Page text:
Flash Flood Watch issued July 29 at 4:05AM MDT expiring July 30 at 3:00AM MDT in effect for: Alamosa, Baca, Bent, Chaffee, Costilla, Crowley, Custer, El Paso, Fremont, Huerfano, Kiowa, Lake, Las Animas, Otero, Prowers, Pueblo, Saguache, Teller
Flash Flood Watch issued July 29 at 3:52AM MDT expiring July 30 at 6:00AM MDT in effect for: Cheyenne, Kit Carson
Flash Flood Watch issued July 29 at 3:46AM MDT expiring July 30 at 3:00AM MDT in effect for: Arapahoe, Douglas, Elbert, Lincoln
WASHINGTON, D.C. - When Ronald Reagan signed the 1986 Tax Reform Act into law, the Republican president hoped that the law would simplify the tax code and close loopholes. Reforming the tax code had been Reagan’s number one domestic priority during his campaign and it took him more than two years of wrangling members of Congress, even pushing past a blockade by House Republicans.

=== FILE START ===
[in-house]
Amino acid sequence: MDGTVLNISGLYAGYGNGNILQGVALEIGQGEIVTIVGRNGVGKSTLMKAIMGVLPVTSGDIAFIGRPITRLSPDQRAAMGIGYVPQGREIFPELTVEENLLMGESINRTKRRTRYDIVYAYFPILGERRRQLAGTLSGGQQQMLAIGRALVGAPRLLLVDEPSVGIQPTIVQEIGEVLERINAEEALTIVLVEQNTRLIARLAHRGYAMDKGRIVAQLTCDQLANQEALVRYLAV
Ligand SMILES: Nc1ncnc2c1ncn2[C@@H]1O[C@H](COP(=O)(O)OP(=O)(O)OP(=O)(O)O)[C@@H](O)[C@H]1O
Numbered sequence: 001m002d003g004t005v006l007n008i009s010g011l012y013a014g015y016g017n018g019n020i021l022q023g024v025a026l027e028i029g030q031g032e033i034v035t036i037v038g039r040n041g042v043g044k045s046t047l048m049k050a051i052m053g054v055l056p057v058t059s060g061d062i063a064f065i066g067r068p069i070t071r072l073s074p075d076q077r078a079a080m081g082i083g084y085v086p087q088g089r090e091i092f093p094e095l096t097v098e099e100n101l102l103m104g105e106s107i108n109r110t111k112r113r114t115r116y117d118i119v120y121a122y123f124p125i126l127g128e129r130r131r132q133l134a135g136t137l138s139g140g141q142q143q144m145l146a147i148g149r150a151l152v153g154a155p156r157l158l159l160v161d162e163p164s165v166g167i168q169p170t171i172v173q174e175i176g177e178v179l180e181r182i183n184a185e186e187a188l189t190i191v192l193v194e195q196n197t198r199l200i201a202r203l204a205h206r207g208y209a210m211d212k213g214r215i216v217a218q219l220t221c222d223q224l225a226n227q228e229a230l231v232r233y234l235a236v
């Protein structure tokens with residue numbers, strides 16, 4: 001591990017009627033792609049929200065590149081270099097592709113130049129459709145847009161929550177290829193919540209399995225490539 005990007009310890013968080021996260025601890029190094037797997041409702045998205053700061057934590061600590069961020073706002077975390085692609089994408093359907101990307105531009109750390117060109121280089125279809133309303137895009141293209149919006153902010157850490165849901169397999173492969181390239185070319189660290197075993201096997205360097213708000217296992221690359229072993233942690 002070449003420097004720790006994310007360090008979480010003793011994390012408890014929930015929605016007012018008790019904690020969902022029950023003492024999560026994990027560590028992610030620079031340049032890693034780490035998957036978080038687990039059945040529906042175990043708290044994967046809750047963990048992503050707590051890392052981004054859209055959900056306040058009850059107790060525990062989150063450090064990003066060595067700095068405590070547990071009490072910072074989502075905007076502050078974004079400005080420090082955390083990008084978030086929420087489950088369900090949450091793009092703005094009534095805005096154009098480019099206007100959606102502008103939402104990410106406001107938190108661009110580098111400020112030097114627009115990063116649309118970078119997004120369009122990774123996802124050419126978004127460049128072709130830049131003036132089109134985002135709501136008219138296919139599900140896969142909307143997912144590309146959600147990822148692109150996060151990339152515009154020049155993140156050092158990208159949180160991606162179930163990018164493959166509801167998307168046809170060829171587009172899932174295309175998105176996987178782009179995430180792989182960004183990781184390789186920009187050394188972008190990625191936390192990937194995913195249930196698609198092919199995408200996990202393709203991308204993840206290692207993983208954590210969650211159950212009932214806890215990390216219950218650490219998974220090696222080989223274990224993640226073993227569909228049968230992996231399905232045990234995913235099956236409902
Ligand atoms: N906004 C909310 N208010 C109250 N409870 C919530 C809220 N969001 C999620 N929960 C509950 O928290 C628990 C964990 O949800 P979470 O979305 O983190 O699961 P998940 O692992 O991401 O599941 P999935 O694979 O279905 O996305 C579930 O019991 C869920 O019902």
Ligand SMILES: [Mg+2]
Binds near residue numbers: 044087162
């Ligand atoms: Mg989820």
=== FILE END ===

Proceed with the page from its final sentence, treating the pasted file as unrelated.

But according to Pam Olsen, whose resume includes stints at the IRS and U.S. Treasury Department, says the Tax Reform Act did the exact opposite. “It made the tax code a lot bigger. It certainly made the tax code a lot longer and a lot more complicated,” Olsen said.
On the latest DecodeDC podcast, host Jimmy Williams tells the story of the how the Tax Reform Act came to be, the consequences of its passage — including loopholes for billionaires and laymen alike — and how it created an avenue for members of Congress to push through social policy without actually legislating.
To listen to other DecodeDC podcasts, watch edgy videos and read blog posts about politics, politicians and policy, go to DecodeDC.com. And don't miss a new spin-off podcast titled, TrailMix 2016.